In what can spell trouble for thousands of teachers across Maharashtra,
the Bombay High Court has refused to be ‘sympathetic’ to them and said
they would have to appear for the Teachers Eligibility Test (TET) or
leave their jobs.
The HC further said if these primary school
teachers do not want to get qualified under the TET, then they must make
way for more qualified persons as free education along with ‘quality’
The important order was passed by a bench of
Justices Satyaranjan Dharmadhikari and Riyaz Chagla while disposing of a
bunch of petitions filed by teachers challenging the communication of
the Director of Education (Primary) mandating all teachers to appear for
the TET exams, which are scheduled to take place in March.
this communication, the authorities have clarified that the services of
teachers who fail to undergo the TET exams will be terminated, and if
they are not sacked by the school managements, then their salaries will
have to be borne by them as the government would not pay any amount for
The teachers claimed that if they lose their jobs then
there will be a direct impact on the education system and the future of
Having heard the contentions, Justice Dharmadhikari
said, “Ultimately, such policies are framed so as to improve the quality
of education. The quality of education can be improved only when
totally eligible and duly qualified persons are appointed as teachers.”
those who are aware that they were not qualified but have been given an
opportunity to obtain the qualification and are unable to do so must
give way to those who possess such qualifications.
invoke nothing, but the sympathy of this court, apprehending that
thousands of teachers would be terminated or would lose employment and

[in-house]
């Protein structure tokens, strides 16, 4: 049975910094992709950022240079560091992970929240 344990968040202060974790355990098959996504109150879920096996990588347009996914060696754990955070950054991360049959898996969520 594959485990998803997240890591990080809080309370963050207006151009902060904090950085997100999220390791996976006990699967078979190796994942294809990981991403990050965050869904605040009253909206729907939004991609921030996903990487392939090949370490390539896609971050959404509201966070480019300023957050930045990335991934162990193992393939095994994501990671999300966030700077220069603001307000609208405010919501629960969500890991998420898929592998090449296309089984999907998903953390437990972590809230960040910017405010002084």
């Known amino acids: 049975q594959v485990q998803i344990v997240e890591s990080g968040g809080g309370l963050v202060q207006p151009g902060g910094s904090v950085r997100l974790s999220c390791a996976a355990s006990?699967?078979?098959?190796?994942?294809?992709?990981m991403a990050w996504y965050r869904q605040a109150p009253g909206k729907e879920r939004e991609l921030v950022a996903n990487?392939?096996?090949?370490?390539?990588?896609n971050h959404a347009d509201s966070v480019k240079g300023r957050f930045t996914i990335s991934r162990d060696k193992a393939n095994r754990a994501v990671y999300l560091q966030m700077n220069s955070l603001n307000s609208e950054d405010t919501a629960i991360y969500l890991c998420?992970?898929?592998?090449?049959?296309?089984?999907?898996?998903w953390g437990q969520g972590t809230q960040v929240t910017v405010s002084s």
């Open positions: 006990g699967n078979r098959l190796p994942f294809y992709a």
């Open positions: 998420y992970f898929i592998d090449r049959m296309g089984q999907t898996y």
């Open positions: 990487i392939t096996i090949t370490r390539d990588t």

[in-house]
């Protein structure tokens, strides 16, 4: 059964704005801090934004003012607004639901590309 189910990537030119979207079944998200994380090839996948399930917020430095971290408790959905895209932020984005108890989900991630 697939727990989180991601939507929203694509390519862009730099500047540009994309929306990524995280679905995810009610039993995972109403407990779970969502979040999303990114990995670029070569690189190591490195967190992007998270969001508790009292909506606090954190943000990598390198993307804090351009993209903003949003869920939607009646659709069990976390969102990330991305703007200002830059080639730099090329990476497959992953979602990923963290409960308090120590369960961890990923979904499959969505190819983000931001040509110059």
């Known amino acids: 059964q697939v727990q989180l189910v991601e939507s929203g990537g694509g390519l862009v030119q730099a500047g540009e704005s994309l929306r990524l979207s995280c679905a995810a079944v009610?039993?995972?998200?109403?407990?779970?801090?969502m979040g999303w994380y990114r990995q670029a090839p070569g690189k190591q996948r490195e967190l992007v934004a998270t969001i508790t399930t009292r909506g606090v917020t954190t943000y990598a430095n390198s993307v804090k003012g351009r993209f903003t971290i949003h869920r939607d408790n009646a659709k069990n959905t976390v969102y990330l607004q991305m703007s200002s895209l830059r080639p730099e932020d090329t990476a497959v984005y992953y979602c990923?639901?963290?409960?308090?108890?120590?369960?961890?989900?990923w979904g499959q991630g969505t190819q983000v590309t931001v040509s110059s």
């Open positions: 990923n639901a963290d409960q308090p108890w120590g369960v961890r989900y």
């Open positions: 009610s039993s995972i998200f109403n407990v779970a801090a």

would have an adverse impact on education,” the bench said.
bench further pointed out that if primary education is funded by the
state and from public exchequer and public funds, then, equally the
taxpayers can demand from the government, a complete ‘transparency and
fairness’ in the implementation of the policies, including taking harsh
and penal measures.
“This expectation (of protective orders) is
uncalled as it defeats the very purpose of The Right of Children to Free
and Compulsory Education Act, 2009.
The object and purpose are
to make primary education free and compulsory. However, this is not at
the cost of quality,” Justice Dharmadhikari held.
further observed that primary education shapes the mind and personality
of a child and if the right values are not inculcated and imbibed at
this early age, s/he would not be interested in education.
brief order, the bench has said that if there is a direction from the
union government, then it would not allow the state to deviate from the
rigour of the same. “We are of the firm opinion that none of the
teachers have a vested or fundamental right to question such policy.”
They must realise that they have no right to continue if they fail to
clear the test and they cannot dictate to the government or to this
court that no such tests should be held and that their job should be
protected,” the bench said.